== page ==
The DC system consists of several different subsets of cells, which differ in their phenotype, function and microenvironmental localization 1–6. In the secondary lymphoid organs of mice, at least three different subsets of mature DC have been defined: CD8α+ DC, CD8α– DC and Langerhans cell (LC)-derived DC 1–6. In addition, an immature DC subset with the capacity to secrete large amounts of IFN-α upon stimulation with viruses has been recently described 7–11. In peripheral tissues, such as the skin, at least two subsets of immature DC have been defined: these include LC in the epidermis, and dermal dendritic cells in the dermis 1–6. These distinct sub-populations of DC have been the focus of intense studies recently, particularly with respect to potential differences in their ability to modulate immune responses 12–14. For example, freshly isolated CD8α+ and CD8α– DC have been shown to induce Th1 and Th2 responses, respectively 12, 13, and in humans monocyte-derived DC and plasmacytoid DC have been shown to stimulate Th1 and Th2 responses, respectively 14. However, the relative paucity of these DC subsets has impeded their detailed study. One solution to this problem has been the identification of cytokines, which profoundly increase the numbers of such subsets in vivo. For example, in mice, Flt3 ligand (FL) induces a dramatic increase in the numbers of both CD8α+ and CD8α– DC, and GM-CSF preferentially expands CD8α– DC 6, 15–18. In addition, systemic administration of FL to mice appears to promote a significant increase in the numbers of dermal DC 19. Finally, our recent work suggests a critical role for IL-15 in the development of DC, which display many features of LC, and which are potent stimulators of CTL 20.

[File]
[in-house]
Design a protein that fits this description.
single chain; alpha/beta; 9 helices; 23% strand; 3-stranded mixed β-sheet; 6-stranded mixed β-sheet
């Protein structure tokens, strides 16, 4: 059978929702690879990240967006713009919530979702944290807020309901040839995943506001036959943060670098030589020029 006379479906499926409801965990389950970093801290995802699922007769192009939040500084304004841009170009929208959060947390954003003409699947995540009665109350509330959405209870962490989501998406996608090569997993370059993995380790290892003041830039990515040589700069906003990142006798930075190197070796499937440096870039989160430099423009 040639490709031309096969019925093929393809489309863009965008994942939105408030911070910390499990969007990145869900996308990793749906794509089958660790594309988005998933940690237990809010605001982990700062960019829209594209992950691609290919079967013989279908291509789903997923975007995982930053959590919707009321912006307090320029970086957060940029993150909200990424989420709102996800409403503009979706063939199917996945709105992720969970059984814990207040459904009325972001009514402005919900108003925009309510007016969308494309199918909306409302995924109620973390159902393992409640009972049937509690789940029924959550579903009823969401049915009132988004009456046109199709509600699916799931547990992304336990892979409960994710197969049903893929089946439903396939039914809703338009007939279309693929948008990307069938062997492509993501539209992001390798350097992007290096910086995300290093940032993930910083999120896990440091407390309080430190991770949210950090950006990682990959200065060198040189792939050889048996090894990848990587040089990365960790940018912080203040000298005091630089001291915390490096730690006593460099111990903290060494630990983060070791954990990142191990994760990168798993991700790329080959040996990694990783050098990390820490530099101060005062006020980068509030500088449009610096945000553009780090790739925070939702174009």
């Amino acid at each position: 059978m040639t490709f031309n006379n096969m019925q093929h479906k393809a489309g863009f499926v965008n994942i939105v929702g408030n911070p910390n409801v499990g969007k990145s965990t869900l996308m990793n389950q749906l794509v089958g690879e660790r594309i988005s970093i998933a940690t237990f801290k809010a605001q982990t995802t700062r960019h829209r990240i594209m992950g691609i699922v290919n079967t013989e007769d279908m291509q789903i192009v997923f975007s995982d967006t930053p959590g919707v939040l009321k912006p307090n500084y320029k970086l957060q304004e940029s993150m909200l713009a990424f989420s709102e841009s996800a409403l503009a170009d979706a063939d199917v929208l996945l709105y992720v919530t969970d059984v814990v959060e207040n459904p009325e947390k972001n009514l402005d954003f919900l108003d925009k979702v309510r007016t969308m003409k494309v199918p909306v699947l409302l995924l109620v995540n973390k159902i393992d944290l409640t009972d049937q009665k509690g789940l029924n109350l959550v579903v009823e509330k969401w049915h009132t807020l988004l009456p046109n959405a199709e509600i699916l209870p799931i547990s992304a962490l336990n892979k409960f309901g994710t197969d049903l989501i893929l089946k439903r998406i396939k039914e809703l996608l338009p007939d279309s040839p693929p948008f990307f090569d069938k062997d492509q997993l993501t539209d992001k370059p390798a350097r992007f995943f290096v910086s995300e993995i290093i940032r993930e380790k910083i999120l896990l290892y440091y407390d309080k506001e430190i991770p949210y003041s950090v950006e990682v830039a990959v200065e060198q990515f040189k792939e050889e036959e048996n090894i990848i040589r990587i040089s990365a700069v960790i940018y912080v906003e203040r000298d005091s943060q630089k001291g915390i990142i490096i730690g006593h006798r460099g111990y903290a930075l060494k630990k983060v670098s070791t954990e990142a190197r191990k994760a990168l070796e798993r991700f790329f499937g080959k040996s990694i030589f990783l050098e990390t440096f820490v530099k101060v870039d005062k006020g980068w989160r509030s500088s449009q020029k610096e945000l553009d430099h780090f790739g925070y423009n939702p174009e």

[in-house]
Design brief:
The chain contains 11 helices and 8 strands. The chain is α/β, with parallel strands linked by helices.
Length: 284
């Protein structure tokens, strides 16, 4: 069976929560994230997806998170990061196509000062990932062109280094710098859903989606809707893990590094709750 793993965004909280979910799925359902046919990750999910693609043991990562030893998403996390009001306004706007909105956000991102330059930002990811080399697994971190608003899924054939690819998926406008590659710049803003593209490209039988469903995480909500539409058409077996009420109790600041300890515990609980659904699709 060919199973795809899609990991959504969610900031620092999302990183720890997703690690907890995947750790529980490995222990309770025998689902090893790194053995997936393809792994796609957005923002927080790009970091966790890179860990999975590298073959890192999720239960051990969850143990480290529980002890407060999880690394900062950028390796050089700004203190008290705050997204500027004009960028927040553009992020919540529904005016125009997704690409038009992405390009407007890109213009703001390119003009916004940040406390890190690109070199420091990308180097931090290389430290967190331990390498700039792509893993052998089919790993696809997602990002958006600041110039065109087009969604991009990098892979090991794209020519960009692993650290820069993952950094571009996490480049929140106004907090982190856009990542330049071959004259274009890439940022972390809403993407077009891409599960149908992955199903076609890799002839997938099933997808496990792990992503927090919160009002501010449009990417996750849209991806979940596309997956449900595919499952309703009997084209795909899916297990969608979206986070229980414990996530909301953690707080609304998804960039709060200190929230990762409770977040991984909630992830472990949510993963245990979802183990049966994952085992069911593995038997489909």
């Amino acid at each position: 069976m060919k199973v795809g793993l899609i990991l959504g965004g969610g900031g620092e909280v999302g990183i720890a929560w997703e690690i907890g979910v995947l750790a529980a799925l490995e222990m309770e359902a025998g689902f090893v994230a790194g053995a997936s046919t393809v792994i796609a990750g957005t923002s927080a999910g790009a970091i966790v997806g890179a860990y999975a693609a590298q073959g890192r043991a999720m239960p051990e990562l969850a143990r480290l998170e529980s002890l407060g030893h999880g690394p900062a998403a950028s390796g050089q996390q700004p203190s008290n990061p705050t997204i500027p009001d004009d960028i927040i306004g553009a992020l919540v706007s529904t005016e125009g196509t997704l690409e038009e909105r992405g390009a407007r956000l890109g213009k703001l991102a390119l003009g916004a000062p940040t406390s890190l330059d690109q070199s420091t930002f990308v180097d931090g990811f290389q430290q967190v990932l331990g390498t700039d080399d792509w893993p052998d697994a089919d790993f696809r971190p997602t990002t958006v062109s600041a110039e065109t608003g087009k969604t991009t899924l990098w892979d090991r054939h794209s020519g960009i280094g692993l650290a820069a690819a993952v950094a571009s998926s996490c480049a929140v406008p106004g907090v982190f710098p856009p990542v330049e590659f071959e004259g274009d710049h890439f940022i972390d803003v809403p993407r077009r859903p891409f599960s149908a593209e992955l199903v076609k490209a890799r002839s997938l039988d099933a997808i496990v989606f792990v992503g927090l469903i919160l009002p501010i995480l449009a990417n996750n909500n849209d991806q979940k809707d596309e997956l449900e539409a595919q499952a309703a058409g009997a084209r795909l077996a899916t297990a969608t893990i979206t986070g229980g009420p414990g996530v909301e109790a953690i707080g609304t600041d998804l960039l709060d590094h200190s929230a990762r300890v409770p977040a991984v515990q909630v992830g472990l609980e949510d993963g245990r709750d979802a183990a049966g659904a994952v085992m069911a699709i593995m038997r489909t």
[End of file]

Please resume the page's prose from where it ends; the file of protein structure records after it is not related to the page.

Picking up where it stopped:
IL-15 is a 14–15-kDa cytokine expressed at the mRNA level in a wide variety of cell types, including placenta, activated monocytes, DC, osteoclasts, fibroblasts and keratinocytes, but not T cells 21–23. The receptor for IL-15 is a heterodimer, which consists of the IL-2Rβ and γ chain, together with a unique α chain, the IL-15Rα chain, which is alternatively spliced to yield three active forms, each capable of high-affinity binding to IL-15 23. IL-15 and IL-2 induce many similar effects on NK and T cells, which likely occur as a result of the common receptor. These effects include proliferation of mitogen-activated T cells and cytotoxicity in CD8+ T cells and survival of memory CD8+ T cells 24–27. Studies with IL-15Rα–/– and IL-15–/– mice show that IL-15 is important for the development and/or survival of NK cells, NKT cells, CD8α α+ intestinal intraepithelial lymphocytes and memory CD8+ T cells 27, 28. IL-15 receptors on T cells and NK (type 1 receptors) cells consist of IL-15Rα, IL-2Rβ and γc chain, whereas mast cells express a distinct type of IL-15 receptor (type 2 receptor) called IL-15RX 29. IL-15 type 1 receptors are also expressed in antigen-presenting cells 30–35, but little is known about the role of the IL-15-IL-15R system in their development and/or functional maturation. A recent report by Ohteki et al. 36 suggests normal numbers of spleen DC from IL-15–/– mice or γc –/– mice; however, such DC appear to be impaired in their ability to produce IL-12, IFN-γ and NO 36. Consistent with this, Mattei et al. 35 recently demonstrated a role for IL-15 in activating spleen DC. Furthermore, our recent study suggests a critical role for IL-15 in the differentiation of DC, which resemble LC-like DC derived from human monocytes 20. In the present study we wished to determine: (i) the role of IL-15 in inducing DC differentiation in mice; and (ii) potential functional differences between DC generated in the presence of IL-15 and those generated conventionally with GM-CSF + IL-4.